WASHINGTON, Aug. 30 (UPI) -- More than half of American Muslims say U.S. government anti-terrorism policies single out Muslims in the country for increased surveillance and monitoring.
A decade after the Sept. 11, 2001, terrorist attacks, a Pew Research Center survey found 52 percent of Muslims report increased scrutiny. The proportion has not changed significantly since 2007, the survey found.
The survey showed that 28 percent of American Muslims reported they had been looked at with suspicion in the past year, 22 percent had been called offensive names, 21 percent had been singled out by airport security, 13 percent had been singled out by other law enforcement and 6 percent said they had been attacked or threatened.
More than half, 55 percent, said life in the United States has become more difficult for Muslims since the terrorist attacks, compared with 53 percent in 2007, the survey said.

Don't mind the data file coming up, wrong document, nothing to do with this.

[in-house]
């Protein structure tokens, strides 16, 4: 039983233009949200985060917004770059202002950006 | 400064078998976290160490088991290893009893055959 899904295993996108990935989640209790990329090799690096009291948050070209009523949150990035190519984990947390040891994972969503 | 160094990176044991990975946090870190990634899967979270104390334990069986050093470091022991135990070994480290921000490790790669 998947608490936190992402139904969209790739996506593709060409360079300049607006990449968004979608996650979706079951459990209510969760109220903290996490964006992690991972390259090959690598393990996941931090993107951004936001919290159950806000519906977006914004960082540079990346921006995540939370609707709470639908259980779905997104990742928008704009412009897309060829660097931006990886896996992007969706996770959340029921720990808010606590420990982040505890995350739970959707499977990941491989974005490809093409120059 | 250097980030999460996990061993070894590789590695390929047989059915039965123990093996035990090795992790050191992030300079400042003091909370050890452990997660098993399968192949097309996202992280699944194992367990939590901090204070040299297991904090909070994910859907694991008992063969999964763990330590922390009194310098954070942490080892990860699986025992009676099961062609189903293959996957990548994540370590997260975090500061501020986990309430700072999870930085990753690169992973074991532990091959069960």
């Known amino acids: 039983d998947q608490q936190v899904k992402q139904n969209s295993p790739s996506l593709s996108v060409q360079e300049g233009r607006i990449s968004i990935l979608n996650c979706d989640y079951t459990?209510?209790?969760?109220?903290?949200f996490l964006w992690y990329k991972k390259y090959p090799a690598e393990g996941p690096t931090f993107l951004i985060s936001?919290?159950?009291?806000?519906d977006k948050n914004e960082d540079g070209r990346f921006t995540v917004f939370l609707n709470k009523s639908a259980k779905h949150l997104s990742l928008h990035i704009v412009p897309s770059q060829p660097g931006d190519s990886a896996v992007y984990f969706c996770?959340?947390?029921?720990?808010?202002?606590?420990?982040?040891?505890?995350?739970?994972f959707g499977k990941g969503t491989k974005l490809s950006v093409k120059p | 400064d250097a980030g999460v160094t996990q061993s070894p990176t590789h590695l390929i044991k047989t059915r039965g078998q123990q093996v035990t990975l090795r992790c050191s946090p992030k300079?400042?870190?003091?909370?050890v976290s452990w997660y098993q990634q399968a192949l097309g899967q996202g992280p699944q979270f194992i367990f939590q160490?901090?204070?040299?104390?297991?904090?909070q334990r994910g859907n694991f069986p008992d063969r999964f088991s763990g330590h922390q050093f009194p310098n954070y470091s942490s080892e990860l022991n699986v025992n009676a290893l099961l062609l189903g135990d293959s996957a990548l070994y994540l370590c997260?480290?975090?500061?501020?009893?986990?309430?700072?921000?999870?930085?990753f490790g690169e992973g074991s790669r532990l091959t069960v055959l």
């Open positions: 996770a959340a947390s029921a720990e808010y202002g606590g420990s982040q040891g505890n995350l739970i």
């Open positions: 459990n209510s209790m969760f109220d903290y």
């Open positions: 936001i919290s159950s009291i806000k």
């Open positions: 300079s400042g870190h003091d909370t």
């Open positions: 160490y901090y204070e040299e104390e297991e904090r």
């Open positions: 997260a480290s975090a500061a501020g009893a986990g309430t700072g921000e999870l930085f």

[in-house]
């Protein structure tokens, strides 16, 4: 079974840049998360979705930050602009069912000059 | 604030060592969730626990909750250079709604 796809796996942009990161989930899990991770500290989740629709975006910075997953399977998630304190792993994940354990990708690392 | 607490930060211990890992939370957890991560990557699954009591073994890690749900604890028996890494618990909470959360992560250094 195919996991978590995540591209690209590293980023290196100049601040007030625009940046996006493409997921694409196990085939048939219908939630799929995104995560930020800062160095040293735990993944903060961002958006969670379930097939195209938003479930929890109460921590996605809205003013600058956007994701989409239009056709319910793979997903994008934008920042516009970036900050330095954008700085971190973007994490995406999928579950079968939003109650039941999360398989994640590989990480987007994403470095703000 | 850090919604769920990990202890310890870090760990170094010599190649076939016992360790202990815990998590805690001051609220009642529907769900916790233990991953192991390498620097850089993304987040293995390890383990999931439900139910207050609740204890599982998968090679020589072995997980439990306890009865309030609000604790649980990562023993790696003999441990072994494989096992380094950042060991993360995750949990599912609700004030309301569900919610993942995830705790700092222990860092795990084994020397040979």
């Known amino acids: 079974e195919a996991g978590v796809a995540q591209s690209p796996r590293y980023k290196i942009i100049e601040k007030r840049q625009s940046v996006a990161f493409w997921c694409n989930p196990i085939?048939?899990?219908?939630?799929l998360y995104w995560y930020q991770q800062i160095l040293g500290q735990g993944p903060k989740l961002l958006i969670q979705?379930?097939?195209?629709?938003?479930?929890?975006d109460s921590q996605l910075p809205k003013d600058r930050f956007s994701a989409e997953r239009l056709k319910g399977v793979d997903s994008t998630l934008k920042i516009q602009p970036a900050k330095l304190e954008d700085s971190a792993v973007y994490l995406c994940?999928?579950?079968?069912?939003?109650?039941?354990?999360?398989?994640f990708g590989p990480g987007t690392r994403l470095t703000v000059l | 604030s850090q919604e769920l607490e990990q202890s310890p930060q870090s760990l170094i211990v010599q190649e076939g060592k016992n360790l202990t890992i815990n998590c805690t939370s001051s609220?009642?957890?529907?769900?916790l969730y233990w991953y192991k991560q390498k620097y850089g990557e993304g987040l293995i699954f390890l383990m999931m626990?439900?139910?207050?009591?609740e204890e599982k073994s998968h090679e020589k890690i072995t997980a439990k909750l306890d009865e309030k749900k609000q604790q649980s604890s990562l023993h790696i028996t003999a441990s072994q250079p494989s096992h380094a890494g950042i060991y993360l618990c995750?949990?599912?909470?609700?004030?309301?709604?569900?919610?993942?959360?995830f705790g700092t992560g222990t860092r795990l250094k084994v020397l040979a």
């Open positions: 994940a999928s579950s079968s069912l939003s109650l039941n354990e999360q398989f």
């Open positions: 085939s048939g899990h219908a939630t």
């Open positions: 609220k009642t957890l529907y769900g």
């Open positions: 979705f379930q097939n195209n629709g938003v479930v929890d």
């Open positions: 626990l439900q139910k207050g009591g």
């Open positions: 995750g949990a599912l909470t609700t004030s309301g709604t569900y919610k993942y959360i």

Those saying they're are "bothered" by their belief Muslims are being singled out for increased government surveillance totaled 38 percent, compared with 39 percent in 2007.
The survey reports 56 percent of Muslims coming to the United States today seek to adopt American customs and ways of life, compared with 20 percent who said they want to remain distinct from the larger U.S. Society.
For the American population as a whole, by contrast, just 33 percent believe most Muslim immigrants want to adopt American ways while 51 percent think they want to remain distinct from the larger culture, an April Pew Research survey found.
The new survey was based on telephone interviews of about 1,075 people and had a sampling error of plus or minus 5 percentage points.